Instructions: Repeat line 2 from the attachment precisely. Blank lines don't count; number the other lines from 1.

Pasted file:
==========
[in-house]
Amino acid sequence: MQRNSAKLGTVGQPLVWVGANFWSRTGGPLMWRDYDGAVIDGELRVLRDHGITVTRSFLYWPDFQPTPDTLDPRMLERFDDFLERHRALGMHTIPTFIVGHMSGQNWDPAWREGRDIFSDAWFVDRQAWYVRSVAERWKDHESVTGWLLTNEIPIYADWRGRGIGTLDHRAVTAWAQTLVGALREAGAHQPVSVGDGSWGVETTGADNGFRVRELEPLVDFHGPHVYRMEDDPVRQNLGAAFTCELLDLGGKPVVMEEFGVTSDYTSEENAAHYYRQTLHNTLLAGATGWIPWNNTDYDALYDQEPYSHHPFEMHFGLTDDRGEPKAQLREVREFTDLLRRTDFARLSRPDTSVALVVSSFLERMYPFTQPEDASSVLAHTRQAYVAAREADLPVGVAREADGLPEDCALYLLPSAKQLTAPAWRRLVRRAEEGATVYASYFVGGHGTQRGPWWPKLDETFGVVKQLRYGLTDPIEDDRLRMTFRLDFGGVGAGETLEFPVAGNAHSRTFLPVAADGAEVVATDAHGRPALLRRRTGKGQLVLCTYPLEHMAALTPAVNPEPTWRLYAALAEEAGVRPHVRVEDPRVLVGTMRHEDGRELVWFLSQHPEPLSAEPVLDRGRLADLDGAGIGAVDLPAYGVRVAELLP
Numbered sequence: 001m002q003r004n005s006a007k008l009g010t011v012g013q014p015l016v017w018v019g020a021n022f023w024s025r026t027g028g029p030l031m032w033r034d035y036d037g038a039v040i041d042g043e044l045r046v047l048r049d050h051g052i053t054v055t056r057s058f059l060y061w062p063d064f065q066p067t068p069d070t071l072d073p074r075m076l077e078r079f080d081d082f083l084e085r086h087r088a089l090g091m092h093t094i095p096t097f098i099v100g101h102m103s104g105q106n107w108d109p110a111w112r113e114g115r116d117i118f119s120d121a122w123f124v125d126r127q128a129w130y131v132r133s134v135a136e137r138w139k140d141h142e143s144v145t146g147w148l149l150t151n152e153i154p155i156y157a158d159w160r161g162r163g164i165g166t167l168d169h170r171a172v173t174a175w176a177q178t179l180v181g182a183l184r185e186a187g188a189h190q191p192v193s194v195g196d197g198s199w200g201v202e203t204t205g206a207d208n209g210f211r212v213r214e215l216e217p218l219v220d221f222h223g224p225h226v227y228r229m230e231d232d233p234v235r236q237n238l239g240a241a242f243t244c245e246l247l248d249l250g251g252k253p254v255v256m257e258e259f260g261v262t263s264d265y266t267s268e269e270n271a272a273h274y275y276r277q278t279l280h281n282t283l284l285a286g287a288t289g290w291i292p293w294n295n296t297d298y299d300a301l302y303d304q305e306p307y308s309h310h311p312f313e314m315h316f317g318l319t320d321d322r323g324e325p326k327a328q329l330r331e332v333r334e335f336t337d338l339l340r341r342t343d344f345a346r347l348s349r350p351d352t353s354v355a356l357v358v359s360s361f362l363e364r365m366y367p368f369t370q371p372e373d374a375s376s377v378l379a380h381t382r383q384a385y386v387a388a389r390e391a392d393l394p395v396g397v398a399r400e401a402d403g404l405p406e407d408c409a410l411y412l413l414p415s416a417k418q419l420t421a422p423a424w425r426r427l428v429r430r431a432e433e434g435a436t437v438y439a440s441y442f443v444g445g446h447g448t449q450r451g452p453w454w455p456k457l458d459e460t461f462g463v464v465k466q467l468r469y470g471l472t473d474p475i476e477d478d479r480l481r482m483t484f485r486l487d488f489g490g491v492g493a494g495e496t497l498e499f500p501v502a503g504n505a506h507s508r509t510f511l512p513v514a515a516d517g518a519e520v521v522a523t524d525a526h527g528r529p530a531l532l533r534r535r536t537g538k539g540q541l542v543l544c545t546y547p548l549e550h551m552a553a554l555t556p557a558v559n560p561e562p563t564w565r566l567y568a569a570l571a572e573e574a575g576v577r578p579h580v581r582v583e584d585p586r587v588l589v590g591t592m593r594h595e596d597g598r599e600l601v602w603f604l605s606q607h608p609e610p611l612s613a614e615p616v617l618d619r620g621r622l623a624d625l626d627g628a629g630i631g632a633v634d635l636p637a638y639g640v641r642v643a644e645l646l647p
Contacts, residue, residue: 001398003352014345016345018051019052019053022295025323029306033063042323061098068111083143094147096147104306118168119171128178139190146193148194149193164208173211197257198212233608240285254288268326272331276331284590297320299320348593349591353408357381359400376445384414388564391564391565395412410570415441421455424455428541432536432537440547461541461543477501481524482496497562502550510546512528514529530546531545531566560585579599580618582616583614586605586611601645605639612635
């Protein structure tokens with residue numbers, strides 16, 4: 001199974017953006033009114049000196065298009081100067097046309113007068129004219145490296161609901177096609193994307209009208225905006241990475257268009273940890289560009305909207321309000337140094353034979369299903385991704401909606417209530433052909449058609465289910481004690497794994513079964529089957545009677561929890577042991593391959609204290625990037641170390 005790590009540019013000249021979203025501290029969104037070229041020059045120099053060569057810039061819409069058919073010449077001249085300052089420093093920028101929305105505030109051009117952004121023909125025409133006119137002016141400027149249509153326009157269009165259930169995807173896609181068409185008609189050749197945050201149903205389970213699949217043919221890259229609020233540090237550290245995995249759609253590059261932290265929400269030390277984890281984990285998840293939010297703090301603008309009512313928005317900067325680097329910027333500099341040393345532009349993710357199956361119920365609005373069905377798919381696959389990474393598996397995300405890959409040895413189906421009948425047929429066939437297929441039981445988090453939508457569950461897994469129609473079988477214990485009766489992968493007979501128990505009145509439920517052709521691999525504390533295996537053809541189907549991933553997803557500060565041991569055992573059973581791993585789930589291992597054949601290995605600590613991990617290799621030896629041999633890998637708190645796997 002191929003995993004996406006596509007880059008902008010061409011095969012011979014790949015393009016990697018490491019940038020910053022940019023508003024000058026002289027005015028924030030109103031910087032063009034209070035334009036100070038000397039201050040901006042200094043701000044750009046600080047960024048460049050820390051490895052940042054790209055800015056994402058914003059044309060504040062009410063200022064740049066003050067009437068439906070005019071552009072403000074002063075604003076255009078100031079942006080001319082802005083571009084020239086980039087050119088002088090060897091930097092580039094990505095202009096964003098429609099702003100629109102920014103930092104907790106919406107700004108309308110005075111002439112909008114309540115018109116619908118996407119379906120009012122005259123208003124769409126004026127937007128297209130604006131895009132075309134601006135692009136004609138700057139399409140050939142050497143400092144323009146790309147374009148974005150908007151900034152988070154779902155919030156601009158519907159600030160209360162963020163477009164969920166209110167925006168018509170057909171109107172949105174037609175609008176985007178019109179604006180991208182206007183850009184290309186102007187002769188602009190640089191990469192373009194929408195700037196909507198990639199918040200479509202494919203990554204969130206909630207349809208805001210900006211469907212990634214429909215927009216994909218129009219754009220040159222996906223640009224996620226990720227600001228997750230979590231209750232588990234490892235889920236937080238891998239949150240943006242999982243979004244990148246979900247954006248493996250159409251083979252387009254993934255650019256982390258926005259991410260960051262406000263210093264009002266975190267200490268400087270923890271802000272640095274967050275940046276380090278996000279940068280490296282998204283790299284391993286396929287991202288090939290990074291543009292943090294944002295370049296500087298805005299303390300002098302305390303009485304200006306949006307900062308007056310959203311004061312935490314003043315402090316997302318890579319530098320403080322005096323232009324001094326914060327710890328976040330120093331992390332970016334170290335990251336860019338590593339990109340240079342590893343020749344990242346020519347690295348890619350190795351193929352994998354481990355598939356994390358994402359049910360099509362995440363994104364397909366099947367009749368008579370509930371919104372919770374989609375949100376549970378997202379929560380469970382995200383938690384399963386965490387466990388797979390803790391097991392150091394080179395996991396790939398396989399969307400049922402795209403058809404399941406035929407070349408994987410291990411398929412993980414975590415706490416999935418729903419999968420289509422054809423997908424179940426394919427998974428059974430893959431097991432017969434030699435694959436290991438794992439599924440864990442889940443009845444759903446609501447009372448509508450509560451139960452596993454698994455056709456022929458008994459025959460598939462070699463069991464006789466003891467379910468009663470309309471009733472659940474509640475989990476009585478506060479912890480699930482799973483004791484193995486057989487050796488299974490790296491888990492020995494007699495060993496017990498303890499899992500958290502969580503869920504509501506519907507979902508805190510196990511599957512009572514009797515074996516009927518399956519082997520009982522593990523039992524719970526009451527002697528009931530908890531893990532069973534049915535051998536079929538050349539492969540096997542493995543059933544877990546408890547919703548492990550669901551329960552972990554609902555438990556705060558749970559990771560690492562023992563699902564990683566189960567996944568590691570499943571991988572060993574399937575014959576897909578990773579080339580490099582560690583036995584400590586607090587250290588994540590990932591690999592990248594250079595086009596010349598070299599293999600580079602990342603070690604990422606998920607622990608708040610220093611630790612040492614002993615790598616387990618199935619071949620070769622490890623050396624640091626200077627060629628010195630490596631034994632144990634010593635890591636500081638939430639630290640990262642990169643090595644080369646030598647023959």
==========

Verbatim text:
Amino acid sequence: MQRNSAKLGTVGQPLVWVGANFWSRTGGPLMWRDYDGAVIDGELRVLRDHGITVTRSFLYWPDFQPTPDTLDPRMLERFDDFLERHRALGMHTIPTFIVGHMSGQNWDPAWREGRDIFSDAWFVDRQAWYVRSVAERWKDHESVTGWLLTNEIPIYADWRGRGIGTLDHRAVTAWAQTLVGALREAGAHQPVSVGDGSWGVETTGADNGFRVRELEPLVDFHGPHVYRMEDDPVRQNLGAAFTCELLDLGGKPVVMEEFGVTSDYTSEENAAHYYRQTLHNTLLAGATGWIPWNNTDYDALYDQEPYSHHPFEMHFGLTDDRGEPKAQLREVREFTDLLRRTDFARLSRPDTSVALVVSSFLERMYPFTQPEDASSVLAHTRQAYVAAREADLPVGVAREADGLPEDCALYLLPSAKQLTAPAWRRLVRRAEEGATVYASYFVGGHGTQRGPWWPKLDETFGVVKQLRYGLTDPIEDDRLRMTFRLDFGGVGAGETLEFPVAGNAHSRTFLPVAADGAEVVATDAHGRPALLRRRTGKGQLVLCTYPLEHMAALTPAVNPEPTWRLYAALAEEAGVRPHVRVEDPRVLVGTMRHEDGRELVWFLSQHPEPLSAEPVLDRGRLADLDGAGIGAVDLPAYGVRVAELLP